where an employee is, but many might have some local flavor; for example, if
you offer gym memberships or public transportation reimbursement. Also plan to
take extra time to discuss the company’s medical benefits, since a new-to-town
employee might have specific questions about which hospitals are closest or
where to find an orthodontist. This is also a great time to talk with them
about what they need to know about disability insurance, specifically Social Security Disability
Insurance (SSDI) or SSI (Supplemental Security Income) benefits
, if applicable.

An employee who has relocated to your company can add a
special layer with fresh ideas and perspective. The goal is to make them feel
welcome so that your town feels like “home” in no time.  




Ten Ways To Show Your Employees You “Love” Having Them Work For You

Want to keep your employees happy? The answer might be
easier than you think—in fact, a surprising 81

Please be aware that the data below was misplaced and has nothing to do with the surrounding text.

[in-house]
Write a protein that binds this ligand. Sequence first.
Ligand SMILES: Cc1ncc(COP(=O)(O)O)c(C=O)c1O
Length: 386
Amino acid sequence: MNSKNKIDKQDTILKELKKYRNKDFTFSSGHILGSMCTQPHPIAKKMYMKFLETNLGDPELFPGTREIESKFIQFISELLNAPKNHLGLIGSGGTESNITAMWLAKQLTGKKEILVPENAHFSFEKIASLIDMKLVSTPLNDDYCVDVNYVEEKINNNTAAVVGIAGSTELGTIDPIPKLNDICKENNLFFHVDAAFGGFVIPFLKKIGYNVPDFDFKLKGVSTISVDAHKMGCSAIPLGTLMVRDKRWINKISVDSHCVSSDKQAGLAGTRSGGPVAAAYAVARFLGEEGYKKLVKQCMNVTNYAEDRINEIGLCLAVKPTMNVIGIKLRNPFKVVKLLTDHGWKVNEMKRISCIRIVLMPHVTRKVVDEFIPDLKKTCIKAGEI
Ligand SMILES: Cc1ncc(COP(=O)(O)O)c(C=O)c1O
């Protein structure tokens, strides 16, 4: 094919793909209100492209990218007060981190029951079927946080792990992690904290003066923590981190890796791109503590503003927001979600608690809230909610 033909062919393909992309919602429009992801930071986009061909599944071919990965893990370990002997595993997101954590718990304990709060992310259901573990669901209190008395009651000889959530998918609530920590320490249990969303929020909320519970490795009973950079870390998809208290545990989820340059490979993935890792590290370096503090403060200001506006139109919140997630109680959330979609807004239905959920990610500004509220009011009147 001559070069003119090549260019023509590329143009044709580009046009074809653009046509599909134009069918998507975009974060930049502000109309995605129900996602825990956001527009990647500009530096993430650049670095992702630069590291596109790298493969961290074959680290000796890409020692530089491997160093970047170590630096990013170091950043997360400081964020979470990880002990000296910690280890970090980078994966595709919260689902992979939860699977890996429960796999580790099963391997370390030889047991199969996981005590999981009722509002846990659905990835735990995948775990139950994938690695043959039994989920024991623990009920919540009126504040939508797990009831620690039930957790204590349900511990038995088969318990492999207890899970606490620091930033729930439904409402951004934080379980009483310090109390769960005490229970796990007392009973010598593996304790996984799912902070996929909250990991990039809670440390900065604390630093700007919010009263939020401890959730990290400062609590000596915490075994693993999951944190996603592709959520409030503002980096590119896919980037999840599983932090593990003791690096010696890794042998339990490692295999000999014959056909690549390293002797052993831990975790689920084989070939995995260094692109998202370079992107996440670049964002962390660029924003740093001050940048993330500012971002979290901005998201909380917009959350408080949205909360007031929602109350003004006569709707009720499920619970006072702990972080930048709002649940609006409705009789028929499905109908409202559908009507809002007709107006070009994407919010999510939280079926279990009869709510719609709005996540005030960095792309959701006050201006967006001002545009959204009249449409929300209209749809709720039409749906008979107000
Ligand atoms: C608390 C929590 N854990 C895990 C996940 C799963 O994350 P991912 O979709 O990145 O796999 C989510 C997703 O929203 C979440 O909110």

percent of employees say they would work harder for an employer who made them
feel appreciated
. With Valentine’s Day right around the corner, it’s the
perfect time to let your employees know how much you appreciate their hard
work. Here are 10 ideas to get you started.

Say it with food.

This one’s a no-brainer; everyone loves unexpected food. Surprise
the team with donuts in the breakroom or a full-on pasta lunch at noon. Another
fun idea that doubles as a team activity is to create a sundae bar and let
employees make their own sweet treat.

Order each person
their own coffee mug.

Spend some time browsing online and buy a coffee mug for
each member of the team that reflects something that reminds you of